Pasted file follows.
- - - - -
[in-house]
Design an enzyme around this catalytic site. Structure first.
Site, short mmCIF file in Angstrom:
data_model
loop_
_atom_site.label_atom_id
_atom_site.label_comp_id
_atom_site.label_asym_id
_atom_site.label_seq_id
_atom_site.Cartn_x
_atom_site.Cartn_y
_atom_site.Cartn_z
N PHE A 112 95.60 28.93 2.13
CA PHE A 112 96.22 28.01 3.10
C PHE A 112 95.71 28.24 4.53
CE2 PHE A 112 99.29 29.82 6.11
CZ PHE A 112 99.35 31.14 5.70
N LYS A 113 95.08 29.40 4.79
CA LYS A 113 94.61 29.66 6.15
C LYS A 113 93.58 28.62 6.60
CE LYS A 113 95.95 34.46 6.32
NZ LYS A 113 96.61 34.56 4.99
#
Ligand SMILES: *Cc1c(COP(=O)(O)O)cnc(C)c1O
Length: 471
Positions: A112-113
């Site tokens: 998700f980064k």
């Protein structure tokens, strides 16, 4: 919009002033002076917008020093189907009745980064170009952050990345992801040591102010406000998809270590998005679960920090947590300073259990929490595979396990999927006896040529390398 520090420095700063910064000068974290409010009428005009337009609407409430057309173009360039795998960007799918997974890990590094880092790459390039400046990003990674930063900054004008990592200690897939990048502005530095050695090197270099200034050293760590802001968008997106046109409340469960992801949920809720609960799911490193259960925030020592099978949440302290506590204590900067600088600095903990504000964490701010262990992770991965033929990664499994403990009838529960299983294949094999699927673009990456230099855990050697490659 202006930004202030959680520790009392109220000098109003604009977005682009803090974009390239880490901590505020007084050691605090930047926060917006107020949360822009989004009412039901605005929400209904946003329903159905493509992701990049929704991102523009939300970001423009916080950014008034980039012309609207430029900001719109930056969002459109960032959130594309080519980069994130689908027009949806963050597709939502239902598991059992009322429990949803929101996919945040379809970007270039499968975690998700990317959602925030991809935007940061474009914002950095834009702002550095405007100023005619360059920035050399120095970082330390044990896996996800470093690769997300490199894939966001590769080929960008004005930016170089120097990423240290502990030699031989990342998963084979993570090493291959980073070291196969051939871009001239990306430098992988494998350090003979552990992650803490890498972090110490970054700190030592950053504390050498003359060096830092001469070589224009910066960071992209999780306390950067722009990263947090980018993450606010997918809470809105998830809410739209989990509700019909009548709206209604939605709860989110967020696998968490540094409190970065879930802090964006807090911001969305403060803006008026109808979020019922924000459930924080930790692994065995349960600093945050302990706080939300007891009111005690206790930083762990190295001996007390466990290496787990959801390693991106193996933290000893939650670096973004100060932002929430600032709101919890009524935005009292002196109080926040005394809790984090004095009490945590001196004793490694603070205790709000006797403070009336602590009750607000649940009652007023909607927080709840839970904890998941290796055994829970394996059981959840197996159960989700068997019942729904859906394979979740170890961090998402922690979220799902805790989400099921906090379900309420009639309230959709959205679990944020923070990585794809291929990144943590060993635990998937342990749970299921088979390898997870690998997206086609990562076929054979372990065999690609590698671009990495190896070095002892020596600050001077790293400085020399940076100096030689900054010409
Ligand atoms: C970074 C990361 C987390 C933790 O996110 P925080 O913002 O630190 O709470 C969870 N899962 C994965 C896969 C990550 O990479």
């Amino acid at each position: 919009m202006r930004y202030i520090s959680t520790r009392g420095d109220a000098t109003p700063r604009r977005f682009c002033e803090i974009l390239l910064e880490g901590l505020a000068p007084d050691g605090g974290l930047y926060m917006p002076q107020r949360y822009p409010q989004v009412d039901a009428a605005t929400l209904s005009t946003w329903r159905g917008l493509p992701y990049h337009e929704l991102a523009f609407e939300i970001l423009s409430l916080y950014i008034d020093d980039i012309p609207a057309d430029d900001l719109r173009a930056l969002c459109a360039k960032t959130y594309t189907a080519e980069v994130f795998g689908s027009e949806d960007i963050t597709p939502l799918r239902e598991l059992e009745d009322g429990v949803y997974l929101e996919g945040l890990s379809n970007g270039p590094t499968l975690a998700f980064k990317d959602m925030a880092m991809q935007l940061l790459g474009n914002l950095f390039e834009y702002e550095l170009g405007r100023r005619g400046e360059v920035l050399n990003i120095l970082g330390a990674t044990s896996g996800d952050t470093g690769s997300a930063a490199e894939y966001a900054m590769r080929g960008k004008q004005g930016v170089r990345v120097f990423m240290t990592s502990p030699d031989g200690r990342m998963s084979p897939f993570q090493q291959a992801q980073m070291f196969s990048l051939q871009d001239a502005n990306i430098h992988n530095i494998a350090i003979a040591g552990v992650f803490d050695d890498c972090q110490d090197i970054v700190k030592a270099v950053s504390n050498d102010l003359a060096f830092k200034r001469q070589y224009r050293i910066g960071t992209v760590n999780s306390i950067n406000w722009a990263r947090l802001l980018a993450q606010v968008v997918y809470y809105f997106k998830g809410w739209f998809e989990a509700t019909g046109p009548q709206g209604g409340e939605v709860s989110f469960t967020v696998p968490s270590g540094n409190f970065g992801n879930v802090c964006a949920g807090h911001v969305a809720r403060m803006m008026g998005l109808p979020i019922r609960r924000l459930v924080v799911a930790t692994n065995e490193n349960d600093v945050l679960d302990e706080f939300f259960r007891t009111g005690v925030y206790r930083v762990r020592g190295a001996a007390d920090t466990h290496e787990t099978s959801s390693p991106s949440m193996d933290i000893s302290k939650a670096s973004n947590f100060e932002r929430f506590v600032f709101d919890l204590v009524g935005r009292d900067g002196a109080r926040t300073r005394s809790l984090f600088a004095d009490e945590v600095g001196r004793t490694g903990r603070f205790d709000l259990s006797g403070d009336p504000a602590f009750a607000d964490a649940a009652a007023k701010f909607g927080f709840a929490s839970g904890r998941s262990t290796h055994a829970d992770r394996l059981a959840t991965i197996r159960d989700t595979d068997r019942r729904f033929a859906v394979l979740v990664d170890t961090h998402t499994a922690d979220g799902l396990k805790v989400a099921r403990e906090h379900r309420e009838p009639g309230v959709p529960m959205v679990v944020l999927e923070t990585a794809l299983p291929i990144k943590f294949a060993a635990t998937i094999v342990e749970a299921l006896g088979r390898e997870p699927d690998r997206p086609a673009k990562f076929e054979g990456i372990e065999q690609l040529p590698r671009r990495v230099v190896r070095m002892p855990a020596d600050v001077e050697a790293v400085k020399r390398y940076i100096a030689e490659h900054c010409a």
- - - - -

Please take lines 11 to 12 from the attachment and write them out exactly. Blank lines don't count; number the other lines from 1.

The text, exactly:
_atom_site.Cartn_y
_atom_site.Cartn_z